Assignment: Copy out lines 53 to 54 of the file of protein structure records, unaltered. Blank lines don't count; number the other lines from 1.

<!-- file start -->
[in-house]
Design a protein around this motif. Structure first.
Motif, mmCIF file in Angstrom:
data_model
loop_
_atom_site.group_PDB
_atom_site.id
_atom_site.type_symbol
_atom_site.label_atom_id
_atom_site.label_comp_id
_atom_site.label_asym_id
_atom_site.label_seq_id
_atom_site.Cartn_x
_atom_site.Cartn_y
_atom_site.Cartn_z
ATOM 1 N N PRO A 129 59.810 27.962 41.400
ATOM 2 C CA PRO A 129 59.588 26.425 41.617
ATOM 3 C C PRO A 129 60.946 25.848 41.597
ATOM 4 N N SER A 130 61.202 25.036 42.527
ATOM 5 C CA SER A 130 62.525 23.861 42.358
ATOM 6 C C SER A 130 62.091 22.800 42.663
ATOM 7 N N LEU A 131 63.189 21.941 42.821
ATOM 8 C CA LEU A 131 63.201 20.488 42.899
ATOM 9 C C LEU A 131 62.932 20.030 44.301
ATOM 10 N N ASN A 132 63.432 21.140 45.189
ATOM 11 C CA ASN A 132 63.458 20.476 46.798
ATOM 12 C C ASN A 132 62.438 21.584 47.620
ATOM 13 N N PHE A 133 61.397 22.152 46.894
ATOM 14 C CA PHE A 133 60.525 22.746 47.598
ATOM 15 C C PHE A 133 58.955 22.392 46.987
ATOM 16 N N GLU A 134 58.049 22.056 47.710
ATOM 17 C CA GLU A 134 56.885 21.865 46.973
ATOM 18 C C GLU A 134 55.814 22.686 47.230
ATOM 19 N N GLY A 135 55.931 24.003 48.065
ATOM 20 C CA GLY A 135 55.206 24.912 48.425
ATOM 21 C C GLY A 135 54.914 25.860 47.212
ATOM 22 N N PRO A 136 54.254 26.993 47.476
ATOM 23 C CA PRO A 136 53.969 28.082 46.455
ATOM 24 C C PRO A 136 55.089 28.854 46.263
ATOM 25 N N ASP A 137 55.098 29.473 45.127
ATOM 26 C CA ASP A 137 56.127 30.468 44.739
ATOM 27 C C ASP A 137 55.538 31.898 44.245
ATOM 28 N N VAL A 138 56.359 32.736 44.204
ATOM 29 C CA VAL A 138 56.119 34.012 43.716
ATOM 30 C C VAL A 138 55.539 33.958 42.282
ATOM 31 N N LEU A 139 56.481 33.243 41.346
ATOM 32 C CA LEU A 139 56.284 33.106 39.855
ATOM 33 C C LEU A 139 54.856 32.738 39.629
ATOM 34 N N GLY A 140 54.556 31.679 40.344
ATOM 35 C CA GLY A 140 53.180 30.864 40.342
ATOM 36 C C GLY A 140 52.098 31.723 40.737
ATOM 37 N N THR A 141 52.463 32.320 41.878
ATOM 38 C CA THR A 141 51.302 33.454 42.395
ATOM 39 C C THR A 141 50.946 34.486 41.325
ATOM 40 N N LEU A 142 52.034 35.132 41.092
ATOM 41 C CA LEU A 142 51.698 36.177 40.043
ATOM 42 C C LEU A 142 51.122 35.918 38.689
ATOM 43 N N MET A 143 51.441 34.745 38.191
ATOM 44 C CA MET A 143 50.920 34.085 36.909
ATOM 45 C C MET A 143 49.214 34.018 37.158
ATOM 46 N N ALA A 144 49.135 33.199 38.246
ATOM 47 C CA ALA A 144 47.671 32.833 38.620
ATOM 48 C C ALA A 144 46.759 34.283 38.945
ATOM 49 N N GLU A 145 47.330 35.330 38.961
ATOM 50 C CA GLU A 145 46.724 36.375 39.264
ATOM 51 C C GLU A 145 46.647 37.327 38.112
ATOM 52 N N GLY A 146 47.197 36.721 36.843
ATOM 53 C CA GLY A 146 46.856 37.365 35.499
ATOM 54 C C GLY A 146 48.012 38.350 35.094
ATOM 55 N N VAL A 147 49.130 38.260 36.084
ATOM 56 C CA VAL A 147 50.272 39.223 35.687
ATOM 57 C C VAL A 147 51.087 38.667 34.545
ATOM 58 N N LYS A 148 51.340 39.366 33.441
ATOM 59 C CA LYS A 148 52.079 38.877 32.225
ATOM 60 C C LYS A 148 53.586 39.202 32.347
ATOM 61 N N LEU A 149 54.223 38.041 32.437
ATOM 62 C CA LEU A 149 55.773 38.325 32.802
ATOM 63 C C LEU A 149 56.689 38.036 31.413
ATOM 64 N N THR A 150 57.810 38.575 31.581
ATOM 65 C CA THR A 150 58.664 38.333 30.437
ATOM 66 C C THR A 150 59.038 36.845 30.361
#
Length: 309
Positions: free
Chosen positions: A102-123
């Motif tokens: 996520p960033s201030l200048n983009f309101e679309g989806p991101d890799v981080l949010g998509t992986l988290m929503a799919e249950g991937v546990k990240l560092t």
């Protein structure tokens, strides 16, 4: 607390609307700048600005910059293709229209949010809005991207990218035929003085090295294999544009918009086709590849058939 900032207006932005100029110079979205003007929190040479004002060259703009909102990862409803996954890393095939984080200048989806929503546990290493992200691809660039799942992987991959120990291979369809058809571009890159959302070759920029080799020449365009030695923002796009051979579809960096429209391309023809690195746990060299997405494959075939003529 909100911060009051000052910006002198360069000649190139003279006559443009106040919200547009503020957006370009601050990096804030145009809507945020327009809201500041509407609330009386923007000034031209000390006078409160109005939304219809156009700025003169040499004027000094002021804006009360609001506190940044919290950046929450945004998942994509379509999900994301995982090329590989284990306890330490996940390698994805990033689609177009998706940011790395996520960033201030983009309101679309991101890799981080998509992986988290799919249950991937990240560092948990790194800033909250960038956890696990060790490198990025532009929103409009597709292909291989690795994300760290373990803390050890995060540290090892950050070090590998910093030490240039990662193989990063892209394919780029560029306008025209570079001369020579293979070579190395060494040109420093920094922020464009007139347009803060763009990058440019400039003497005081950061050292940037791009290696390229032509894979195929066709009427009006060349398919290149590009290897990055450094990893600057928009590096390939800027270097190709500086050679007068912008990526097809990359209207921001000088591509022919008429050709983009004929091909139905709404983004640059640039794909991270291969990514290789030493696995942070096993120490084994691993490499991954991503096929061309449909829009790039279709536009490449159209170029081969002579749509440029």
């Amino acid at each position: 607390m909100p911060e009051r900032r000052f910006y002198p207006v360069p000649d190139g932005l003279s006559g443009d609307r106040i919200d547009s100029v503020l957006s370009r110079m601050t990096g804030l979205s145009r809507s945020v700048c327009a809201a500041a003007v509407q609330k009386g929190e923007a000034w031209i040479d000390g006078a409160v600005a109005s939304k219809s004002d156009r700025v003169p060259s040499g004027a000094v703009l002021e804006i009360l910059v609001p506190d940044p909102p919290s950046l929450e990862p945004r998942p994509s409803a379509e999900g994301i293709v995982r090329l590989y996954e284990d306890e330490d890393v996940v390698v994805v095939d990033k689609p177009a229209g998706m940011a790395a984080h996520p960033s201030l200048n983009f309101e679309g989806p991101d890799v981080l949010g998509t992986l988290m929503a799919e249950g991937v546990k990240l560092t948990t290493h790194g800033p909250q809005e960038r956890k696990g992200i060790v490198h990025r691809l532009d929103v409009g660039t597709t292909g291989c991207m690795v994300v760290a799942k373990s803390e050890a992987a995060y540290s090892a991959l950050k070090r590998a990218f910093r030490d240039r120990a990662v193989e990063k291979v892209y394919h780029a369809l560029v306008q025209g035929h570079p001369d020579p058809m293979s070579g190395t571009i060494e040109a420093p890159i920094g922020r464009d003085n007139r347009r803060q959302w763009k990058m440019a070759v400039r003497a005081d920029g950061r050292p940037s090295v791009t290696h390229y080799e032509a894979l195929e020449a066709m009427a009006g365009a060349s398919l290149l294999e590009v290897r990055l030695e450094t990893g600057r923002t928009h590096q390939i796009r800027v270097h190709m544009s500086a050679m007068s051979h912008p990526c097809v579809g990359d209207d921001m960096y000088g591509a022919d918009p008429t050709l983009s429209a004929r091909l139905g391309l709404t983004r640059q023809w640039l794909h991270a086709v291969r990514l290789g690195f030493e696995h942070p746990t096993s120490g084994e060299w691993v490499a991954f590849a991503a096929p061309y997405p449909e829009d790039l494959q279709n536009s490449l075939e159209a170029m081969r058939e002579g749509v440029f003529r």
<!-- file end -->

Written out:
ATOM 38 C CA THR A 141 51.302 33.454 42.395
ATOM 39 C C THR A 141 50.946 34.486 41.325